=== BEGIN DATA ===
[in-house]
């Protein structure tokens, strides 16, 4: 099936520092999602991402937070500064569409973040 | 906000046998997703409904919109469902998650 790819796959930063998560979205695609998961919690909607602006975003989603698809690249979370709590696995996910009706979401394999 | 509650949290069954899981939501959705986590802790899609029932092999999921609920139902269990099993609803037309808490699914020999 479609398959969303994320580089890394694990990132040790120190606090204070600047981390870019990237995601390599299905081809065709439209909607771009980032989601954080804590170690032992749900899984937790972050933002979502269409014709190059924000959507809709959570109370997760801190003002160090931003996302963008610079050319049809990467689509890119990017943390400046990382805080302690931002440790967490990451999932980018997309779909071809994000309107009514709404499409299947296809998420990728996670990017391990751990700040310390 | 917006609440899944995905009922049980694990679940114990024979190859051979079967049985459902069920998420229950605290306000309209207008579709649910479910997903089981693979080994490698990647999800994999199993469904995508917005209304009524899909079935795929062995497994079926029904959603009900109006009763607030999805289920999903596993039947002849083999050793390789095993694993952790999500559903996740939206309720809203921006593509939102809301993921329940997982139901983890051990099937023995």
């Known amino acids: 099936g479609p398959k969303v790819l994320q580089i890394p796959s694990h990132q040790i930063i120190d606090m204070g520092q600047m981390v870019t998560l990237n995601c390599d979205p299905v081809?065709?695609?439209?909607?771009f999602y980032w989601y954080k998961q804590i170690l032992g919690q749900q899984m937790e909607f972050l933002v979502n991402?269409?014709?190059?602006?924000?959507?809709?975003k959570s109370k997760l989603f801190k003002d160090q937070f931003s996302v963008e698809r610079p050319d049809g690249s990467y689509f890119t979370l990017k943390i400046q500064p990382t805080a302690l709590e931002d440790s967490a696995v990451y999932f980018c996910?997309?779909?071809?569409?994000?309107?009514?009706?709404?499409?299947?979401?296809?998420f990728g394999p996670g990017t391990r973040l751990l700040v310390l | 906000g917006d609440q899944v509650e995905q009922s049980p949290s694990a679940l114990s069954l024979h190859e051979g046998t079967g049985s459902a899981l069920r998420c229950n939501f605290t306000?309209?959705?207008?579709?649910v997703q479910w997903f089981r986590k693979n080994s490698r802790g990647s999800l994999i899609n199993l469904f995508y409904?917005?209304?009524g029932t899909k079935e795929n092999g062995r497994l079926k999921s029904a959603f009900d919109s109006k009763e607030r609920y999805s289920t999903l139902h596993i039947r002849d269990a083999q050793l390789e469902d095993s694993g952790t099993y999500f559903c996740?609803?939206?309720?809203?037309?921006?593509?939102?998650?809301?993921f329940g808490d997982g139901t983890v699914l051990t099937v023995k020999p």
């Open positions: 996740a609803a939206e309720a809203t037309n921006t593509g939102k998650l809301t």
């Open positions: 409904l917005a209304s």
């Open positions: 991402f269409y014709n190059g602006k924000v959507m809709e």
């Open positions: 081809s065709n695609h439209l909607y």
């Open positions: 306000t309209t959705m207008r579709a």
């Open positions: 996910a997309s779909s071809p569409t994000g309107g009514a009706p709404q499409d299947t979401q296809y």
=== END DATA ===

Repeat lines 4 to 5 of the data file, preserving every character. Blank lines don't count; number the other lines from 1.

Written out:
């Open positions: 996740a609803a939206e309720a809203t037309n921006t593509g939102k998650l809301t």
């Open positions: 409904l917005a209304s």